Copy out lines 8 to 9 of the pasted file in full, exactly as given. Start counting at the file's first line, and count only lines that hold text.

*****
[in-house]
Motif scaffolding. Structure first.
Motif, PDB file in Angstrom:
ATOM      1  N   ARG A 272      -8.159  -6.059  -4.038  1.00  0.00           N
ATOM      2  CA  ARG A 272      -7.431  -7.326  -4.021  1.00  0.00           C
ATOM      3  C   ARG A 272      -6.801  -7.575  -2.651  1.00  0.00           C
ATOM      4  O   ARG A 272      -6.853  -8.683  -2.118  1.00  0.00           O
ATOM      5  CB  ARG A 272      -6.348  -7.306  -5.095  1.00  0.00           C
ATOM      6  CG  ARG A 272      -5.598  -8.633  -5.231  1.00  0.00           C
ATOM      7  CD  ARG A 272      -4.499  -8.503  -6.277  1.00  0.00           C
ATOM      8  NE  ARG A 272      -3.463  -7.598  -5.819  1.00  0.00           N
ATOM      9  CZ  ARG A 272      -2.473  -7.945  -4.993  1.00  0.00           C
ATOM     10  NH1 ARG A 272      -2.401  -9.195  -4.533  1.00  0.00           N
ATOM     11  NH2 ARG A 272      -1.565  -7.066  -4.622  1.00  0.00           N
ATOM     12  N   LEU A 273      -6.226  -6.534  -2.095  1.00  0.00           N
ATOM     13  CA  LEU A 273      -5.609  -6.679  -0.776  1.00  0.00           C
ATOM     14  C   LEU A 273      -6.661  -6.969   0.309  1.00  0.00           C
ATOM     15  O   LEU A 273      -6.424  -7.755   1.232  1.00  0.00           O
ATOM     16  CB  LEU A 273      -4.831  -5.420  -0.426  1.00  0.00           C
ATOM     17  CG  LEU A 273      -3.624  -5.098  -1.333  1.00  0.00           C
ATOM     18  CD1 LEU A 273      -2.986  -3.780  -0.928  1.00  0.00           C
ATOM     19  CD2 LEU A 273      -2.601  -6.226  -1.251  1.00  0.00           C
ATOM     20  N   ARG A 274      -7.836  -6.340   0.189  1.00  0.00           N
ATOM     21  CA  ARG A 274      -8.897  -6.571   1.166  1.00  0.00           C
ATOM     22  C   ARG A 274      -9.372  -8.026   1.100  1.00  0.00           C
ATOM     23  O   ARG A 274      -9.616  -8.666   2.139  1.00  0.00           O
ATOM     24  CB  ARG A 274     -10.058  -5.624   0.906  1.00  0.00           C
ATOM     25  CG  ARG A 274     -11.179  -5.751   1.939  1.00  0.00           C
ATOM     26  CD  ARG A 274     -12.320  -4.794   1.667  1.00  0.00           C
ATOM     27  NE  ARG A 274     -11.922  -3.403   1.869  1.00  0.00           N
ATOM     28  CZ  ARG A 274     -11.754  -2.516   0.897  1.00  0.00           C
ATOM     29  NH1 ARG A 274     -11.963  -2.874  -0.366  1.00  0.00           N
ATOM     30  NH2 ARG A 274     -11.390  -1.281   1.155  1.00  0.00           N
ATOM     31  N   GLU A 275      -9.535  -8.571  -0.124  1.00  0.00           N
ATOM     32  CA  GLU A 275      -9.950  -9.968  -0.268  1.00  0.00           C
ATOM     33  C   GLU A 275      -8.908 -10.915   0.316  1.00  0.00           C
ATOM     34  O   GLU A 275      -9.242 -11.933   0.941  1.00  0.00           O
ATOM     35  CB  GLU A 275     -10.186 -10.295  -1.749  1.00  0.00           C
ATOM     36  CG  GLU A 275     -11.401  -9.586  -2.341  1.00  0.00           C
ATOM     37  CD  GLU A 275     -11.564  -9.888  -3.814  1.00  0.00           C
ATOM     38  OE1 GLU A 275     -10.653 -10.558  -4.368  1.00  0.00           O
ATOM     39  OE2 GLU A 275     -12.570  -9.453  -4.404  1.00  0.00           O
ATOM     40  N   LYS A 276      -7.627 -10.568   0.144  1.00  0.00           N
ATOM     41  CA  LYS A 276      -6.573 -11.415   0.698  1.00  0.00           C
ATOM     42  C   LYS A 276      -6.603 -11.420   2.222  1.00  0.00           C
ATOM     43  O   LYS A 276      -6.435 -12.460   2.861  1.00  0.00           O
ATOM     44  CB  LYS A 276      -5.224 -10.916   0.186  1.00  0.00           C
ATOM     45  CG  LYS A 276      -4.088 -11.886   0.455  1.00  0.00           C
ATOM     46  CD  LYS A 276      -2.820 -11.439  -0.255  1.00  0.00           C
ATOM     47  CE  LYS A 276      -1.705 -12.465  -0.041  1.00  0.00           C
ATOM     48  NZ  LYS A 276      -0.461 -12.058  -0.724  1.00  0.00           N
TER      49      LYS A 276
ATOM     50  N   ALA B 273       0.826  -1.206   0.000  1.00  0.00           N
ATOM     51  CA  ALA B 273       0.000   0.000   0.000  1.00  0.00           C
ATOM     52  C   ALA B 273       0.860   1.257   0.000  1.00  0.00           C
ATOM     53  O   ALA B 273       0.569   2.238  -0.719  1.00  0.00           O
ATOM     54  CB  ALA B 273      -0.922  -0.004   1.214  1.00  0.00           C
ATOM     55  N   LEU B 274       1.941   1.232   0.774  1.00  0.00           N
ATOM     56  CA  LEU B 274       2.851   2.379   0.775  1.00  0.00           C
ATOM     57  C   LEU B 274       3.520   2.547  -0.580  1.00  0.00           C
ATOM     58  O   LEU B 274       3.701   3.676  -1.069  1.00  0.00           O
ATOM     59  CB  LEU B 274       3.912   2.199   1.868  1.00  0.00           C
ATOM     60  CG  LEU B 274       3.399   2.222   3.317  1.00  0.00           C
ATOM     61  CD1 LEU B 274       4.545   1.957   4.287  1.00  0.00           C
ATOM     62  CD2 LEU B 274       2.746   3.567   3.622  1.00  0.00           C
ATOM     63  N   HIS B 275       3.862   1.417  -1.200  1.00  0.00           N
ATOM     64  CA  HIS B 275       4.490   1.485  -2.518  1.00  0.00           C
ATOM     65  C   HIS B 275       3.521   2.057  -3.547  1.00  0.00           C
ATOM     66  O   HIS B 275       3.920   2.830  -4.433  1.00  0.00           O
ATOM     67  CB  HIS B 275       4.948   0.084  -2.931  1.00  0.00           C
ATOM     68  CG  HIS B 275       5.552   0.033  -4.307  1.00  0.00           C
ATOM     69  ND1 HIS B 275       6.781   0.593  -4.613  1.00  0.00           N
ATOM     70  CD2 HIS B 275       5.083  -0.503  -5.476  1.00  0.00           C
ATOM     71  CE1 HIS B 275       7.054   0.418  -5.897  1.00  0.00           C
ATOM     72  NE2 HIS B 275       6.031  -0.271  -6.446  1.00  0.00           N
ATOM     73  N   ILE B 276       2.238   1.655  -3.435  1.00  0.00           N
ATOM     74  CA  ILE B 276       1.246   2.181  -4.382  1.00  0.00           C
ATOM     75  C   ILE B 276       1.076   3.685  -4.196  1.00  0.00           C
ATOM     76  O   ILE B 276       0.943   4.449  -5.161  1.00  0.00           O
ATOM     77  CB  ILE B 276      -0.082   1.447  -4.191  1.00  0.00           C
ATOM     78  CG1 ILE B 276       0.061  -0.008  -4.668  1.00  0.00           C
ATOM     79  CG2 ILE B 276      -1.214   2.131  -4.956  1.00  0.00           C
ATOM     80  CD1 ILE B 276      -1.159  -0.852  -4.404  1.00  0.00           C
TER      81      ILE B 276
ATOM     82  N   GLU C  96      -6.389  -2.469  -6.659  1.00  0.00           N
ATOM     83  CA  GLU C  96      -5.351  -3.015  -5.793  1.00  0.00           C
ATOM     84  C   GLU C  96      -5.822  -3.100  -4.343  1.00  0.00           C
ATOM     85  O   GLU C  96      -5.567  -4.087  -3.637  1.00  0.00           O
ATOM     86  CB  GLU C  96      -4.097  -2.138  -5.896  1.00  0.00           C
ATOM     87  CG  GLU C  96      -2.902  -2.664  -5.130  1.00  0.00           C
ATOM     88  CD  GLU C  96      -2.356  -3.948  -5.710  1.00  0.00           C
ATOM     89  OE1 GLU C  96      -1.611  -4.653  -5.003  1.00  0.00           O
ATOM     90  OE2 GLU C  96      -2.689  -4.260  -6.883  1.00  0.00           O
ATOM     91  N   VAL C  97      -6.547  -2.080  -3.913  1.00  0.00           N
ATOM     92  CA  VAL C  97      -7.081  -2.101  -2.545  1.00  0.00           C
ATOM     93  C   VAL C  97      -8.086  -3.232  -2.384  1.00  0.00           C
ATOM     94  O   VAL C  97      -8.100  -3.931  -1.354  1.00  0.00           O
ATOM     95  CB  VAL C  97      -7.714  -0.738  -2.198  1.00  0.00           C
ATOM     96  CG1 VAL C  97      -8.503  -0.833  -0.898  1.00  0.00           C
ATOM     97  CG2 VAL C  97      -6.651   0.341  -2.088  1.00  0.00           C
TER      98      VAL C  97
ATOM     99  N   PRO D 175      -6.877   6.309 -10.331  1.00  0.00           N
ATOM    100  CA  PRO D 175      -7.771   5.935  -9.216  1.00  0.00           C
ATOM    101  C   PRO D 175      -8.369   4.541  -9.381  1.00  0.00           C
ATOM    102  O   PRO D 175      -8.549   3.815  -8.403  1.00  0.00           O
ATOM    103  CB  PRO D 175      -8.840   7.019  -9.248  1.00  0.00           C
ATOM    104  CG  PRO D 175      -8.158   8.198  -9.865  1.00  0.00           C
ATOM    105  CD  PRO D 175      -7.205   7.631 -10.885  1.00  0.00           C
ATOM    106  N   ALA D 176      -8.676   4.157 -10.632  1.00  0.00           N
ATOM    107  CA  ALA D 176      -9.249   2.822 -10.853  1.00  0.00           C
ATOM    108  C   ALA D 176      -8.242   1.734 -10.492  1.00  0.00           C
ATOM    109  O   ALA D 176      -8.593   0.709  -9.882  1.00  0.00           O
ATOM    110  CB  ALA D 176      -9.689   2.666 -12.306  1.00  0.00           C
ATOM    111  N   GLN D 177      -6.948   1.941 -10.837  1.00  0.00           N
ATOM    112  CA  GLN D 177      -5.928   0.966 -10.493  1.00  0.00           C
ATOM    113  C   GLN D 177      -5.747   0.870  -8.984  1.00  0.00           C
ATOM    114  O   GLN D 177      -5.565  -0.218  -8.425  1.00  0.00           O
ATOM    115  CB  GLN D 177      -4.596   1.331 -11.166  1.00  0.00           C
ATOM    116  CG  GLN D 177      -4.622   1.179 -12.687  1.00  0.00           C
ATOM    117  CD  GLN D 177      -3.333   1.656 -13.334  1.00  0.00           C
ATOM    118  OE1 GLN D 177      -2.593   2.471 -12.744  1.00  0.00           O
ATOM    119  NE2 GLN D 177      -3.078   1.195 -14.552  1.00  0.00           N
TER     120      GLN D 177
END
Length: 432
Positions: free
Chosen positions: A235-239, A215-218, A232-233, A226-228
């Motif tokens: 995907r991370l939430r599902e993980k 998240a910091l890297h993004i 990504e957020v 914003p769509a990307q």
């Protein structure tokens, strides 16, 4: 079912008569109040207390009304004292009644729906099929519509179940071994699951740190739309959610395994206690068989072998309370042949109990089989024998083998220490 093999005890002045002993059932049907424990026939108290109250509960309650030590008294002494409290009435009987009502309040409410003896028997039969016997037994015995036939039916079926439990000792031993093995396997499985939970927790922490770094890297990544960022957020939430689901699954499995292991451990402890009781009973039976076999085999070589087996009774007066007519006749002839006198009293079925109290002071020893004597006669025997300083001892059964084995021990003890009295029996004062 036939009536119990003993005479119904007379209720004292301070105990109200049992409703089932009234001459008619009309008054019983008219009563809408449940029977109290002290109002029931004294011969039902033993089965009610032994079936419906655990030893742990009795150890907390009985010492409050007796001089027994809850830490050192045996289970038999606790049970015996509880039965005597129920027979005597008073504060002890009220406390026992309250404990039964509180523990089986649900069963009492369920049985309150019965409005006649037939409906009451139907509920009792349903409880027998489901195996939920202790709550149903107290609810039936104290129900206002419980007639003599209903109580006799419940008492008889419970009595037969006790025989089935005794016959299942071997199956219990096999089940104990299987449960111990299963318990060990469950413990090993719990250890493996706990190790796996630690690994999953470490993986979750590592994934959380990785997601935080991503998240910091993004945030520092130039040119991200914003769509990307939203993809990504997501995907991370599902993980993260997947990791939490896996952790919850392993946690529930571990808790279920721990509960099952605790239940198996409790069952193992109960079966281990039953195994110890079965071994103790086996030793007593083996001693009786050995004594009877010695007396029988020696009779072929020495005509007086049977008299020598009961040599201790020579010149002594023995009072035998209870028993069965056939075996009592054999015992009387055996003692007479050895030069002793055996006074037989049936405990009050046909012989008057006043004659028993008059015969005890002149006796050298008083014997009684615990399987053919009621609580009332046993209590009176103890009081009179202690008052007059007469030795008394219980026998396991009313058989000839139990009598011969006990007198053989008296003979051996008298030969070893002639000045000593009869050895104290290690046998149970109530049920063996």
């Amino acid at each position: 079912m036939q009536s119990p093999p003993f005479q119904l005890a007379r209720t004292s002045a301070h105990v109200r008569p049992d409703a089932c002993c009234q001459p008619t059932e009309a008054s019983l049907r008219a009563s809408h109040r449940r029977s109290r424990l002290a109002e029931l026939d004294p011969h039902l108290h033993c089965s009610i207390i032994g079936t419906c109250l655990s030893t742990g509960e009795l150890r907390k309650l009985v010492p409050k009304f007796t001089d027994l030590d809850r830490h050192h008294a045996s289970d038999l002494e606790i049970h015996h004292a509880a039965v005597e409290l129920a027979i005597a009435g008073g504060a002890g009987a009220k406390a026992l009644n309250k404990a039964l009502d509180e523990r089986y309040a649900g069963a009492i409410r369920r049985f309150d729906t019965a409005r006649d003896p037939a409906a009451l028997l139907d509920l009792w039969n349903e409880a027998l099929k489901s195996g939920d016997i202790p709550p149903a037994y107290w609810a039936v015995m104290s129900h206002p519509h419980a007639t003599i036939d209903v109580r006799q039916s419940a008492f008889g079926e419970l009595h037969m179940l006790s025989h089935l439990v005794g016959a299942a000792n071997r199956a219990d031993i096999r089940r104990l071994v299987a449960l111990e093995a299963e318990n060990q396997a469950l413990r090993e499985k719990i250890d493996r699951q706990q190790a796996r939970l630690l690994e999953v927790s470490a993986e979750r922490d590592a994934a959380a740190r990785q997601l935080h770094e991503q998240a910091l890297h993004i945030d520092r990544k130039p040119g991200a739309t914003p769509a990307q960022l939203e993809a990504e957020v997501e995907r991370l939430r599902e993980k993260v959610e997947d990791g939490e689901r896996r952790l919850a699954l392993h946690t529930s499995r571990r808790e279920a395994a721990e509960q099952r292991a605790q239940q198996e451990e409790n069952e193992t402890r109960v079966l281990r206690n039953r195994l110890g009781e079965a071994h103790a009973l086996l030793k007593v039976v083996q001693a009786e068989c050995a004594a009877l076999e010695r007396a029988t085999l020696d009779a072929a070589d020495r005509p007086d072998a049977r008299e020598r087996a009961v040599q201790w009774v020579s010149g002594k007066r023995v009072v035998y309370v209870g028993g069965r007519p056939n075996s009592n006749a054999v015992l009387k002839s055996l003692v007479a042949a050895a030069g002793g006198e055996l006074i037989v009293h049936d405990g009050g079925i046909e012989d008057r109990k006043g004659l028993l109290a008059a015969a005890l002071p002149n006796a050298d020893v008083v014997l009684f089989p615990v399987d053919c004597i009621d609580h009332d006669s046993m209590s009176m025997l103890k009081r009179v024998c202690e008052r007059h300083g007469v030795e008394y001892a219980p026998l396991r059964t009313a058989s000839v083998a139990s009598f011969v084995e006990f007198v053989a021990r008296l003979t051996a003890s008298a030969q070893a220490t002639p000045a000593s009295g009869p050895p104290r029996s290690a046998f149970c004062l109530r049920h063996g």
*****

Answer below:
ATOM      5  CB  ARG A 272      -6.348  -7.306  -5.095  1.00  0.00           C
ATOM      6  CG  ARG A 272      -5.598  -8.633  -5.231  1.00  0.00           C